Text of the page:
The three extradited suspects, Imran Shahid, Zeeshan Shahid, and Mohammed Faisal Mushtaq, all in their late twenties, arrived in Scotland on 5 October 2005. They were charged with Donald's murder the following day. Their trial opened on 2 October 2006 in Scotland.
On 8 November 2006, the three men were found guilty of the racially motivated murder of Kriss Donald. All three had denied the charge; however, a jury at the High Court in Edinburgh convicted them of abduction and murder. The judge at the trial, Lord Uist, made a statement summing up the case:
“ You have all been convicted by the jury of the racially aggravated abduction and murder of Kriss Donald, a wholly innocent 15-year-old boy of slight build. He was selected as your victim only because he was white and walking in a certain part of the Pollokshields area of Glasgow when you sought out a victim. This murder consisted of the premeditated, cold-blooded execution of your victim by stabbing him 13 times and setting him alight with petrol while he was still in life. It truly was an abomination. The savage and barbaric nature of this notorious crime has rightly shocked and appalled the public. Your victim must have been in a state of extreme terror while held by you during a four-hour car journey across Central Scotland and back, and the agony which he must have suffered during the period between being stabbed and set alight and his death is just beyond imagining. ”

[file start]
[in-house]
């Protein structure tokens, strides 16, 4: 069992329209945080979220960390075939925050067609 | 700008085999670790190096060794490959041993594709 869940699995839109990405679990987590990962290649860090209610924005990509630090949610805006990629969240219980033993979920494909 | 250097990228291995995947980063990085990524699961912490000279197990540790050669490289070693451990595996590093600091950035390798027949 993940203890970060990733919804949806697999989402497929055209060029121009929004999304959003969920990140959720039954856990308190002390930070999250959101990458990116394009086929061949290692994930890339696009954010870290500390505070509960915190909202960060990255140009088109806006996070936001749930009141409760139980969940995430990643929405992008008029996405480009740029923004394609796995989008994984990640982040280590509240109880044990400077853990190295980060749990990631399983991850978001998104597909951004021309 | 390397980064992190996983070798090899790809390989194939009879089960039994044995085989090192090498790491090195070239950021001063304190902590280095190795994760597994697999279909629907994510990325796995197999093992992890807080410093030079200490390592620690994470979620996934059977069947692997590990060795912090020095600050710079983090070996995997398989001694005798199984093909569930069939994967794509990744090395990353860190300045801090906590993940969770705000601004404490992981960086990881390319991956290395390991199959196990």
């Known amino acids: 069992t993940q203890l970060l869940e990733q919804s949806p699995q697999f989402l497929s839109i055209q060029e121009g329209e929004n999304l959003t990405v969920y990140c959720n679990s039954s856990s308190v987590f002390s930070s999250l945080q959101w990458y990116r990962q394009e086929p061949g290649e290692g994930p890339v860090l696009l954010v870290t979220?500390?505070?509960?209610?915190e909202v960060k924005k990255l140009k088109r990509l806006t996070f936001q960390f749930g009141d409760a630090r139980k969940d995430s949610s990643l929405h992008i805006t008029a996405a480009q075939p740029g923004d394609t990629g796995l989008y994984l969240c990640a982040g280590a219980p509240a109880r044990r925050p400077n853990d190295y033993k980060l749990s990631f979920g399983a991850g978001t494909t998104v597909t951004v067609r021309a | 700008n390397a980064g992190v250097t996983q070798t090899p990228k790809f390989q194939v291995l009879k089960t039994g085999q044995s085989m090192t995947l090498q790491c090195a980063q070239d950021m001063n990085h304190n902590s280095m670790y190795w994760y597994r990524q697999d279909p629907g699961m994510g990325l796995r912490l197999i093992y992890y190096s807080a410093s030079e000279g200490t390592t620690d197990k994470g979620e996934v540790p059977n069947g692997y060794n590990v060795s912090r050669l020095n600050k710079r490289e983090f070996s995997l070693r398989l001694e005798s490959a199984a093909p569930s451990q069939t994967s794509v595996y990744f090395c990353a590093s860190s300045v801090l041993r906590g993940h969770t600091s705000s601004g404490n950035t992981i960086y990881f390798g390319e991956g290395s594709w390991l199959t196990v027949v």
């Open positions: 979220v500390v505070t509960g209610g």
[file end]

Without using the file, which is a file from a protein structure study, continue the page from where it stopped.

Each of the killers received sentences of life imprisonment, with Imran Shahid given a 25-year minimum term, Zeeshan Shahid a 23-year minimum and Mushtaq receiving a recommended minimum of 22 years.
Controversies surrounding the case
Lack of media coverage
The BBC has been criticised by some [ i.e. more than 2 - a lot more than 2 but the BBC is in the business of perverting the truth - Editor ] viewers because the case featured on national news only three times and the first trial was later largely confined to regional Scottish bulletins including the verdict itself. Although admitting that the BBC had "got it wrong", the organisation's Head of Newsgathering, Fran Unsworth, largely rejected the suggestion that Donald's race played a part in the lack of reportage, instead claiming it was mostly a product of "Scottish blindness". In preference to reporting the verdict the organisation found the time to report the opening of a new arts centre in Gateshead [ The one in England - Editor ] in its running order. The BBC again faced criticisms for its failure to cover the second trial in its main bulletins, waiting until day 18 to mention the issue and Peter Horrocks of the BBC apologised for the organisation's further failings.
However, Peter Fahy, spokesman of race issues for the Association of Chief Police Officers, noted that the media as a whole tended to under-report the racist murders of white people, stating "it was a fact that it was harder to get the media interested where murder victims were young white men".